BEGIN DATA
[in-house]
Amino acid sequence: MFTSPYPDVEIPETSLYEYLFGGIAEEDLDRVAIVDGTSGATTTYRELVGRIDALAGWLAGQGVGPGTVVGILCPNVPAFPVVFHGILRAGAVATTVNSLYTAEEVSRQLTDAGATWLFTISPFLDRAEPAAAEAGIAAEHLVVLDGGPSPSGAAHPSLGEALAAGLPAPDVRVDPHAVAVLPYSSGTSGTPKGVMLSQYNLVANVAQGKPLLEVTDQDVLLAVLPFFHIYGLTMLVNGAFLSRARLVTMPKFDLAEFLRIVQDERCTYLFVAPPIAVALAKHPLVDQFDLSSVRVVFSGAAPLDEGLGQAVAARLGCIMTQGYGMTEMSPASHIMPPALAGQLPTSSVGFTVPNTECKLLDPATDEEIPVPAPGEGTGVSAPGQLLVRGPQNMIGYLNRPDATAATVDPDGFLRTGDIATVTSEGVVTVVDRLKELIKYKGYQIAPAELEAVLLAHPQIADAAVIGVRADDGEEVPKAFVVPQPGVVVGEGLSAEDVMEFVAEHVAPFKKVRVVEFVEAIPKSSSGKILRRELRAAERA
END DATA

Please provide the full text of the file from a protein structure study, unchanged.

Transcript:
[in-house]
Amino acid sequence: MFTSPYPDVEIPETSLYEYLFGGIAEEDLDRVAIVDGTSGATTTYRELVGRIDALAGWLAGQGVGPGTVVGILCPNVPAFPVVFHGILRAGAVATTVNSLYTAEEVSRQLTDAGATWLFTISPFLDRAEPAAAEAGIAAEHLVVLDGGPSPSGAAHPSLGEALAAGLPAPDVRVDPHAVAVLPYSSGTSGTPKGVMLSQYNLVANVAQGKPLLEVTDQDVLLAVLPFFHIYGLTMLVNGAFLSRARLVTMPKFDLAEFLRIVQDERCTYLFVAPPIAVALAKHPLVDQFDLSSVRVVFSGAAPLDEGLGQAVAARLGCIMTQGYGMTEMSPASHIMPPALAGQLPTSSVGFTVPNTECKLLDPATDEEIPVPAPGEGTGVSAPGQLLVRGPQNMIGYLNRPDATAATVDPDGFLRTGDIATVTSEGVVTVVDRLKELIKYKGYQIAPAELEAVLLAHPQIADAAVIGVRADDGEEVPKAFVVPQPGVVVGEGLSAEDVMEFVAEHVAPFKKVRVVEFVEAIPKSSSGKILRRELRAAERA